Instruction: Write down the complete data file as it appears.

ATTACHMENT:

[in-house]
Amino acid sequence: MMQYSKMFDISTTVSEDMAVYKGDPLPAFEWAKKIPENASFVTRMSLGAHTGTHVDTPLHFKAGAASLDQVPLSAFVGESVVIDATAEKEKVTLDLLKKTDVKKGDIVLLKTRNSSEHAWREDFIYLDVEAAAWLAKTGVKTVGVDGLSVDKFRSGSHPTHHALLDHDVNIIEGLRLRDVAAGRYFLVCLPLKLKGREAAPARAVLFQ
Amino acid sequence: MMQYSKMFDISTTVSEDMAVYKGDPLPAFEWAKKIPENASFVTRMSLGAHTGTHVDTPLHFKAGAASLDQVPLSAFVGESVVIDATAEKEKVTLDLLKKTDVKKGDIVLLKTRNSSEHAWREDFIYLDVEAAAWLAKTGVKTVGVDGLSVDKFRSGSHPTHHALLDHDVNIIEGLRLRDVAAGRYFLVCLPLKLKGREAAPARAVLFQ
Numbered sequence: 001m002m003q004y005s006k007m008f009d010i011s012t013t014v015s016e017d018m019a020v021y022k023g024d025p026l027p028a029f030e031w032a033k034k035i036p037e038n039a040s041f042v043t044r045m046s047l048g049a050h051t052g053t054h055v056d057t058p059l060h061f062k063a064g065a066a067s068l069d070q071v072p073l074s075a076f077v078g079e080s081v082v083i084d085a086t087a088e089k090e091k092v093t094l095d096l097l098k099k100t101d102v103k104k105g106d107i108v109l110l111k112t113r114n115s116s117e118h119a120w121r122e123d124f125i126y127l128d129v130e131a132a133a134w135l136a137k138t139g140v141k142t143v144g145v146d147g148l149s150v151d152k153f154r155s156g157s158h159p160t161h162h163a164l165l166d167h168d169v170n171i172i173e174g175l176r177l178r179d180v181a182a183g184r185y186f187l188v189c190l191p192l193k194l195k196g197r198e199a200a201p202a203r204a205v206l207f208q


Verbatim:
[in-house]
Amino acid sequence: MMQYSKMFDISTTVSEDMAVYKGDPLPAFEWAKKIPENASFVTRMSLGAHTGTHVDTPLHFKAGAASLDQVPLSAFVGESVVIDATAEKEKVTLDLLKKTDVKKGDIVLLKTRNSSEHAWREDFIYLDVEAAAWLAKTGVKTVGVDGLSVDKFRSGSHPTHHALLDHDVNIIEGLRLRDVAAGRYFLVCLPLKLKGREAAPARAVLFQ
Amino acid sequence: MMQYSKMFDISTTVSEDMAVYKGDPLPAFEWAKKIPENASFVTRMSLGAHTGTHVDTPLHFKAGAASLDQVPLSAFVGESVVIDATAEKEKVTLDLLKKTDVKKGDIVLLKTRNSSEHAWREDFIYLDVEAAAWLAKTGVKTVGVDGLSVDKFRSGSHPTHHALLDHDVNIIEGLRLRDVAAGRYFLVCLPLKLKGREAAPARAVLFQ
Numbered sequence: 001m002m003q004y005s006k007m008f009d010i011s012t013t014v015s016e017d018m019a020v021y022k023g024d025p026l027p028a029f030e031w032a033k034k035i036p037e038n039a040s041f042v043t044r045m046s047l048g049a050h051t052g053t054h055v056d057t058p059l060h061f062k063a064g065a066a067s068l069d070q071v072p073l074s075a076f077v078g079e080s081v082v083i084d085a086t087a088e089k090e091k092v093t094l095d096l097l098k099k100t101d102v103k104k105g106d107i108v109l110l111k112t113r114n115s116s117e118h119a120w121r122e123d124f125i126y127l128d129v130e131a132a133a134w135l136a137k138t139g140v141k142t143v144g145v146d147g148l149s150v151d152k153f154r155s156g157s158h159p160t161h162h163a164l165l166d167h168d169v170n171i172i173e174g175l176r177l178r179d180v181a182a183g184r185y186f187l188v189c190l191p192l193k194l195k196g197r198e199a200a201p202a203r204a205v206l207f208q